Courtesy of CatalyticAction

The playground has been constructed in August 2015 (9th August-31st August) with a participatory and democratic approach; prioritising children within the process. CatalyticAction hosted a Design-Build Workshop facilitated by AUB-CCECS, allowing local and international volunteers get involved in this project. The workshop was divided into two complimentary workshops. The first workshop focuses on building the structure of the playground. The second workshop focuses on the playground components and finishing, where the children themselves were part of the construction and design process together with the workshop participants.

Courtesy of CatalyticAction

This allowed for a multicultural and interdisciplinary process where the participants from various professional backgrounds worked alongside local NGO’s, and the residents of the settlements. This design approach makes the project specific to this time and this space, therefore not identically replicable in a different context. The involvement of the children since the inception of the project until the actual building gives them a sense of ownership and attachment to the playground.


The playground is designed so that is easy to assemble, disassemble, transport and then either re-assemble or re-purpose. It was important for the local partner that the playground be a temporary structure. The design consists of a wooden structure that is modular and assembled on site. Inspired by the locals’ reuse of material; the design sees the use of vegetable crates, tyres, ropes, etc.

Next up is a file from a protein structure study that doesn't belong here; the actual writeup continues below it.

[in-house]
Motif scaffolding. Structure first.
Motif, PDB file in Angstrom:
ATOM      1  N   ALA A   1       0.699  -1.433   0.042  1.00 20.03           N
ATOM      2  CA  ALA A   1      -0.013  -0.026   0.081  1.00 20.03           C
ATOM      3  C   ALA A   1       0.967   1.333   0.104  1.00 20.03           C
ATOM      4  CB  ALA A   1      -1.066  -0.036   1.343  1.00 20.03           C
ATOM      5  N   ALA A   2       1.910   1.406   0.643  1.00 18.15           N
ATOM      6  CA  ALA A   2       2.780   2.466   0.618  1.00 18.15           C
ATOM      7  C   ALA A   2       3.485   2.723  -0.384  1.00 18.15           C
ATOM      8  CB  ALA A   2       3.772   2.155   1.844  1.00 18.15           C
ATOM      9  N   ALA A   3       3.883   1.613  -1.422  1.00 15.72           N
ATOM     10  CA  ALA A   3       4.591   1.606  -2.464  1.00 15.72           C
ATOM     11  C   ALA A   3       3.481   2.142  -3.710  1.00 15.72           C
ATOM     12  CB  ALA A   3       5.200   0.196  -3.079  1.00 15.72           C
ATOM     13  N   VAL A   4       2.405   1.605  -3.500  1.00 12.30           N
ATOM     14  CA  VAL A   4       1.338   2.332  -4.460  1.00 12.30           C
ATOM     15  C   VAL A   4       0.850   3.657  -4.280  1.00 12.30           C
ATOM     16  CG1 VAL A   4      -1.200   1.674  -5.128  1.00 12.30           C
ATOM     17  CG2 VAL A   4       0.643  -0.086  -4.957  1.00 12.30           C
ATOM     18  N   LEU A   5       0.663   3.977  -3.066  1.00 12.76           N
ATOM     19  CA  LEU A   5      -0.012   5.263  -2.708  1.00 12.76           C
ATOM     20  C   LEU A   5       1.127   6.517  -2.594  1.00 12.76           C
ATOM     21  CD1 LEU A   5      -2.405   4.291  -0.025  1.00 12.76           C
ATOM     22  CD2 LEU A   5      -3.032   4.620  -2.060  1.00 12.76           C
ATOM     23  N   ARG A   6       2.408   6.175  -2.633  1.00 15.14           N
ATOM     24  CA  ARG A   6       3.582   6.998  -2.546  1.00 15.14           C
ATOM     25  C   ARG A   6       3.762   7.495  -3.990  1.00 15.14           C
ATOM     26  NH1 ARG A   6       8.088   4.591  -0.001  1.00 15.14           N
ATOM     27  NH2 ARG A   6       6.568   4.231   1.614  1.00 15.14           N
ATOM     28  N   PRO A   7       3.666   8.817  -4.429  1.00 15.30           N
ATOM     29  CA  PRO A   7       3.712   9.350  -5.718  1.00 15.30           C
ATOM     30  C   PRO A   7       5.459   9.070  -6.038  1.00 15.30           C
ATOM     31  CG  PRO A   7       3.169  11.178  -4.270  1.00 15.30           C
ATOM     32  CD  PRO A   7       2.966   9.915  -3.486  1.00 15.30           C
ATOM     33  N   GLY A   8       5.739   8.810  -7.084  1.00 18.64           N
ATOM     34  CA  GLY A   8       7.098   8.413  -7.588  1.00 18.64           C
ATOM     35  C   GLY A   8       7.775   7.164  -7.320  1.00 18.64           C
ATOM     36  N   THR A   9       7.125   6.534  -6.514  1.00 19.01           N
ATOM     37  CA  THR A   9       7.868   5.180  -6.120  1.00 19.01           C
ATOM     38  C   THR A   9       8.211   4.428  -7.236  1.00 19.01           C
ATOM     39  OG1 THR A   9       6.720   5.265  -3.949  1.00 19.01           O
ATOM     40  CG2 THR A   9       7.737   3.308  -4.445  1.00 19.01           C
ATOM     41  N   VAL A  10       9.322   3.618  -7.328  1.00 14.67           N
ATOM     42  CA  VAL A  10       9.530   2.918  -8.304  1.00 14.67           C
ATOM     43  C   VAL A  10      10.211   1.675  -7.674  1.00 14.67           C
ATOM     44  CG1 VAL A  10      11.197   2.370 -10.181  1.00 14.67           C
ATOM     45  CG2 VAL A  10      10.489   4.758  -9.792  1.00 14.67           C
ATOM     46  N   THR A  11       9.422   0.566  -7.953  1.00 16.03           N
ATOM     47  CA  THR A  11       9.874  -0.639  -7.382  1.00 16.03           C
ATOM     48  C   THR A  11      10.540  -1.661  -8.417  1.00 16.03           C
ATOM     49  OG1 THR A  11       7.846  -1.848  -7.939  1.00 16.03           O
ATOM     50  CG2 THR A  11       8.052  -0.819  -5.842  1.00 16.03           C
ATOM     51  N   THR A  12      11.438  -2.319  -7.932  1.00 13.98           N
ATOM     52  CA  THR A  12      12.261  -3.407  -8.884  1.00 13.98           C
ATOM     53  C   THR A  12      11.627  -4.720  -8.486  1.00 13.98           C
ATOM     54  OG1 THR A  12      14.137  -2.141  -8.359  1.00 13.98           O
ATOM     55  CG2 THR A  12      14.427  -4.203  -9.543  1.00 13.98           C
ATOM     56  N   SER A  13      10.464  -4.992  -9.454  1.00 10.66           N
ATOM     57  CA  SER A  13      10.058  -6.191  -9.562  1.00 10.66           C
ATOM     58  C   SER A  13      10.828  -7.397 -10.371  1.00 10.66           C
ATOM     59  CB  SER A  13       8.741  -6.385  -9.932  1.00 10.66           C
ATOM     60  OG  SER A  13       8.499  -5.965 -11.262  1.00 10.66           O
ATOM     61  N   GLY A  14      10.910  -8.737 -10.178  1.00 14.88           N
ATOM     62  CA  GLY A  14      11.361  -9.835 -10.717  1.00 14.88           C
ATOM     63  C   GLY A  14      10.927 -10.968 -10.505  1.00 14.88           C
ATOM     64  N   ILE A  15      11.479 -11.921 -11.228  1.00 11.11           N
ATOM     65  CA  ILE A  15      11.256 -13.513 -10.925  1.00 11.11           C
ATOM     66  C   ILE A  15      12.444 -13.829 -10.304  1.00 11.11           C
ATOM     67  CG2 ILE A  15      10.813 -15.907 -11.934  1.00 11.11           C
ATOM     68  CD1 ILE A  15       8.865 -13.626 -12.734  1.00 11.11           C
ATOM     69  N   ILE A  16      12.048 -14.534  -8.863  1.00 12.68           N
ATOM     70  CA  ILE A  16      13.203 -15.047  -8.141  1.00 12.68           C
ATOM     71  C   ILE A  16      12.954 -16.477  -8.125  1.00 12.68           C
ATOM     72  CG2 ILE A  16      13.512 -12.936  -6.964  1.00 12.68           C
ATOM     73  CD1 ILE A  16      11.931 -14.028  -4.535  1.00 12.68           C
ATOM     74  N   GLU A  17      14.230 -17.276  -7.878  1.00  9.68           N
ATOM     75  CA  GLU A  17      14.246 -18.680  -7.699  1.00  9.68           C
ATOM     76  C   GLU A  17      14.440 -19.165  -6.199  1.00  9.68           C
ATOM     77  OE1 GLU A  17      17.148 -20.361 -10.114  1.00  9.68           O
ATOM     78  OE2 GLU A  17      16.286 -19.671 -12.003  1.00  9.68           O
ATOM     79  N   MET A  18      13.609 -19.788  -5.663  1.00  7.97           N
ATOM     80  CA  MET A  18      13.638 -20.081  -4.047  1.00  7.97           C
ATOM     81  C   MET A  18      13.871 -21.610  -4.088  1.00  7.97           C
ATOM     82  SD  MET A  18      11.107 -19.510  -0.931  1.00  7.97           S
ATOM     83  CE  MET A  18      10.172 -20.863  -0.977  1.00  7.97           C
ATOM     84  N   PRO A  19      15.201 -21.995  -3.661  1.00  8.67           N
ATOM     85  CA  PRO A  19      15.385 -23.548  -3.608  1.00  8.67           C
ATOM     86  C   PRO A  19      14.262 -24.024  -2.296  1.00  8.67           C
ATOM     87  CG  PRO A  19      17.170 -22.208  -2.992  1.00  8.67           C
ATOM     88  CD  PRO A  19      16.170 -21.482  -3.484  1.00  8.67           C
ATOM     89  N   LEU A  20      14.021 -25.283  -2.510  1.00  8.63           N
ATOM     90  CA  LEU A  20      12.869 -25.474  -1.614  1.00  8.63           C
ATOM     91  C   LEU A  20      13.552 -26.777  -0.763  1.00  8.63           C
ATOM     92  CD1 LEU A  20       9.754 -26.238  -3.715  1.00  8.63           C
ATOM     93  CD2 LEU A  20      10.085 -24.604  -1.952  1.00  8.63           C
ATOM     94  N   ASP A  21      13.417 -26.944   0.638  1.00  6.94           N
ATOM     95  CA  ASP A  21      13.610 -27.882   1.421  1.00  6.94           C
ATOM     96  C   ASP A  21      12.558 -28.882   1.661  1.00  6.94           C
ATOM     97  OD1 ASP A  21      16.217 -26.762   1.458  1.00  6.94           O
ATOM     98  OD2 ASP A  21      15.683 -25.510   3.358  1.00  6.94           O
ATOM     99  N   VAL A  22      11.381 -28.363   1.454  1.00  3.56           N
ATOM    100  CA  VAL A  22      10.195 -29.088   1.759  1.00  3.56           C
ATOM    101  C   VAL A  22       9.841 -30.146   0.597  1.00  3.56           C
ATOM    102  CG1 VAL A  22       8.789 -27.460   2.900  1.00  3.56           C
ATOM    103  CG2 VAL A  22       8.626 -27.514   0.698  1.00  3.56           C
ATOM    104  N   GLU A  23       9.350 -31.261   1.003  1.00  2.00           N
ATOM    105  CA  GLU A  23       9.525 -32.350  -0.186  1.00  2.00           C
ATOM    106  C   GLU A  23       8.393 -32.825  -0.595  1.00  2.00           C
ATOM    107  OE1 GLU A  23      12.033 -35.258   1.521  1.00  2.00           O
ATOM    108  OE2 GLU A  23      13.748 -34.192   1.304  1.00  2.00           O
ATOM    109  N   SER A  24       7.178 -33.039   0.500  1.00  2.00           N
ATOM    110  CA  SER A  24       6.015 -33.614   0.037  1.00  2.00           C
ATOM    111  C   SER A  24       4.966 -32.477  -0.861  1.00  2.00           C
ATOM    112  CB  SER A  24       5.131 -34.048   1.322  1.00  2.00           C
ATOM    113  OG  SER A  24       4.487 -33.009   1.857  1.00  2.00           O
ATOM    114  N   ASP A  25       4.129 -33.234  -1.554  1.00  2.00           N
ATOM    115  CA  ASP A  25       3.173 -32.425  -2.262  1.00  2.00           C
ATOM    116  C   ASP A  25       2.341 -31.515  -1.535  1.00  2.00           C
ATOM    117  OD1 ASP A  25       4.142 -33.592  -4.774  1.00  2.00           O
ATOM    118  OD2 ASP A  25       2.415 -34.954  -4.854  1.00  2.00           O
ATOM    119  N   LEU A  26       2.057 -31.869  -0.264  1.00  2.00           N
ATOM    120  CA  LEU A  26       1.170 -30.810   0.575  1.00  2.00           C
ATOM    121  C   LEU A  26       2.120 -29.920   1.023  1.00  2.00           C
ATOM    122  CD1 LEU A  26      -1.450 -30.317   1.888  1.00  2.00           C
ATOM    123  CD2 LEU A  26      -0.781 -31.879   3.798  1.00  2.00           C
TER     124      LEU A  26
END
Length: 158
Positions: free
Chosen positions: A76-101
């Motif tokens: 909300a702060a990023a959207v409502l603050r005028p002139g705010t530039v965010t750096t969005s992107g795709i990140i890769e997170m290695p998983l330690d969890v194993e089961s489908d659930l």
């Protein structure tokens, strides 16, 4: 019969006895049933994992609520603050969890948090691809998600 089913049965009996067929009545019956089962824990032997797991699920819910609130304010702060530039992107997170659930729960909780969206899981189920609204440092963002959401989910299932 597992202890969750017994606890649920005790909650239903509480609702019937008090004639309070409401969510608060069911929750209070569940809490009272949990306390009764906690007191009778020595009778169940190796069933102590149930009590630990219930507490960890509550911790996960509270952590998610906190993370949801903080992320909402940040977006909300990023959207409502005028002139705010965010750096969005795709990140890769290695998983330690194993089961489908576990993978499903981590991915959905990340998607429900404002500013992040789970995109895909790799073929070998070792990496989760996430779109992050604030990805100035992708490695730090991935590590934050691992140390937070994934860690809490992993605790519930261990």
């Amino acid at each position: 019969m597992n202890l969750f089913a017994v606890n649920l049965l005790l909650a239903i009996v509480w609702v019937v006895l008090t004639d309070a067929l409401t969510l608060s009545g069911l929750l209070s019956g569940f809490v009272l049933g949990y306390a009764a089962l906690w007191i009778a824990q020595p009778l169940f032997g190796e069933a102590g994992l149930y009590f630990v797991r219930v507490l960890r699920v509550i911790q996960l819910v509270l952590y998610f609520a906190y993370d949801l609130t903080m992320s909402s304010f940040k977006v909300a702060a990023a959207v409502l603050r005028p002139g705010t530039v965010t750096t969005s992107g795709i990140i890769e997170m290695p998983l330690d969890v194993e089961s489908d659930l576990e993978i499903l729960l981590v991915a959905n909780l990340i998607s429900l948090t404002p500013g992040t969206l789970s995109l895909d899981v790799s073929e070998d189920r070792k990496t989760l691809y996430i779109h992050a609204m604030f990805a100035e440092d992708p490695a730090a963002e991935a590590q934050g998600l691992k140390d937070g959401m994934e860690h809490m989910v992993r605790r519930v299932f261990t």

CatalyticAction partnered with the basketball freestyle group "Da Move" group, who provided a two days training to the children. This presented a great opportunity for the children to use the playground in a fun and disciplined way. The inauguration day was a celebration of the day all the children were able to play freely in the playground, as well as enjoy a basketball performance by Da Move and the talents and skills of some of the children. Right To Play Lebanon supported the project by donating basketballs, as well as providing training for three of the schoolteachers on how to use play for education, therefore efficiently using the playground space.


The pilot project acts as a catalyst. It triggered the awareness of the much-needed space for refugee children. We are currently working on scaling up the project and designing playgrounds in the other Kayany’s schools in the Bekaa, Lebanon. We are also working with Jusoor NGO in Lebanon to design playgrounds in two of their educational centres in Lebanon.

Learn more about the work of CatalyticAction here.

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Cite: José Tomás Franco. "CatalyticAction Designs Playgrounds for Refugee Children in Bar Elias, Lebanon" 08 Dec 2015. ArchDaily. Accessed . <> ISSN 0719-8884

Courtesy of CatalyticAction